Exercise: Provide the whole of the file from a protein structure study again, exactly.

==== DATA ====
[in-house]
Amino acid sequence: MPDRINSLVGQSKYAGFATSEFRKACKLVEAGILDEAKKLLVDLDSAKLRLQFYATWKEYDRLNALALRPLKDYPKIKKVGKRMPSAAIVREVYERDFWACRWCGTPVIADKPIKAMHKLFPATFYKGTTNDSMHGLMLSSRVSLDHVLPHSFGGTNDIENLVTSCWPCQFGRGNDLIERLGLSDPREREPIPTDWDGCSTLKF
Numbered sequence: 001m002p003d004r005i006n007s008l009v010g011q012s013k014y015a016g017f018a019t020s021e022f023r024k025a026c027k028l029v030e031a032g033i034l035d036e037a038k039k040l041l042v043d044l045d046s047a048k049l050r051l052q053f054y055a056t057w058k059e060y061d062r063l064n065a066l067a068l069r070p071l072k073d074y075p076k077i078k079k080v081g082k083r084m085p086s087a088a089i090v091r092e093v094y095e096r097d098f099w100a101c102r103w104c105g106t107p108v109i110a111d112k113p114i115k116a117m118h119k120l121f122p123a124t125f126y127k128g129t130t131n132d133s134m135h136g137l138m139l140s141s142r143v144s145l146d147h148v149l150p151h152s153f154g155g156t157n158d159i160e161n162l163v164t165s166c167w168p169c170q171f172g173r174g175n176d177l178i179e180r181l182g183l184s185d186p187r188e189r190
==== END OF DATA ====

[in-house]
Amino acid sequence: MPDRINSLVGQSKYAGFATSEFRKACKLVEAGILDEAKKLLVDLDSAKLRLQFYATWKEYDRLNALALRPLKDYPKIKKVGKRMPSAAIVREVYERDFWACRWCGTPVIADKPIKAMHKLFPATFYKGTTNDSMHGLMLSSRVSLDHVLPHSFGGTNDIENLVTSCWPCQFGRGNDLIERLGLSDPREREPIPTDWDGCSTLKF
Numbered sequence: 001m002p003d004r005i006n007s008l009v010g011q012s013k014y015a016g017f018a019t020s021e022f023r024k025a026c027k028l029v030e031a032g033i034l035d036e037a038k039k040l041l042v043d044l045d046s047a048k049l050r051l052q053f054y055a056t057w058k059e060y061d062r063l064n065a066l067a068l069r070p071l072k073d074y075p076k077i078k079k080v081g082k083r084m085p086s087a088a089i090v091r092e093v094y095e096r097d098f099w100a101c102r103w104c105g106t107p108v109i110a111d112k113p114i115k116a117m118h119k120l121f122p123a124t125f126y127k128g129t130t131n132d133s134m135h136g137l138m139l140s141s142r143v144s145l146d147h148v149l150p151h152s153f154g155g156t157n158d159i160e161n162l163v164t165s166c167w168p169c170q171f172g173r174g175n176d177l178i179e180r181l182g183l184s185d186p187r188e189r190